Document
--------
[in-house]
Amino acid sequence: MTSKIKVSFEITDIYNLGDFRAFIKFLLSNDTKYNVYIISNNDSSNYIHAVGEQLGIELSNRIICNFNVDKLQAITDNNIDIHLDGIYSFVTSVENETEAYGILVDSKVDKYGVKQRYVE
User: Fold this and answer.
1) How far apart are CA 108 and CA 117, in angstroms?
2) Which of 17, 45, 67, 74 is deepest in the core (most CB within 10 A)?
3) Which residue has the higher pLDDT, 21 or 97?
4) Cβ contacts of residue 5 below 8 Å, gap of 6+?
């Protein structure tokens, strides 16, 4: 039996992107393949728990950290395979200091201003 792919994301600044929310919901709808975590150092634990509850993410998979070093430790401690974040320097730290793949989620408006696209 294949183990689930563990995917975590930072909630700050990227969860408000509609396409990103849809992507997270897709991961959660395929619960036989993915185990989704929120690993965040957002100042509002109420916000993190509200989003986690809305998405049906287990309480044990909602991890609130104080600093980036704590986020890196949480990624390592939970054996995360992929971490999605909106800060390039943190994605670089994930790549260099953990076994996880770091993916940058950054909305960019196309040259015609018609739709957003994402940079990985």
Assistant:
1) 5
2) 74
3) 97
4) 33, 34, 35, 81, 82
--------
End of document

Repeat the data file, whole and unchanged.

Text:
[in-house]
Amino acid sequence: MTSKIKVSFEITDIYNLGDFRAFIKFLLSNDTKYNVYIISNNDSSNYIHAVGEQLGIELSNRIICNFNVDKLQAITDNNIDIHLDGIYSFVTSVENETEAYGILVDSKVDKYGVKQRYVE
User: Fold this and answer.
1) How far apart are CA 108 and CA 117, in angstroms?
2) Which of 17, 45, 67, 74 is deepest in the core (most CB within 10 A)?
3) Which residue has the higher pLDDT, 21 or 97?
4) Cβ contacts of residue 5 below 8 Å, gap of 6+?
């Protein structure tokens, strides 16, 4: 039996992107393949728990950290395979200091201003 792919994301600044929310919901709808975590150092634990509850993410998979070093430790401690974040320097730290793949989620408006696209 294949183990689930563990995917975590930072909630700050990227969860408000509609396409990103849809992507997270897709991961959660395929619960036989993915185990989704929120690993965040957002100042509002109420916000993190509200989003986690809305998405049906287990309480044990909602991890609130104080600093980036704590986020890196949480990624390592939970054996995360992929971490999605909106800060390039943190994605670089994930790549260099953990076994996880770091993916940058950054909305960019196309040259015609018609739709957003994402940079990985």
Assistant:
1) 5
2) 74
3) 97
4) 33, 34, 35, 81, 82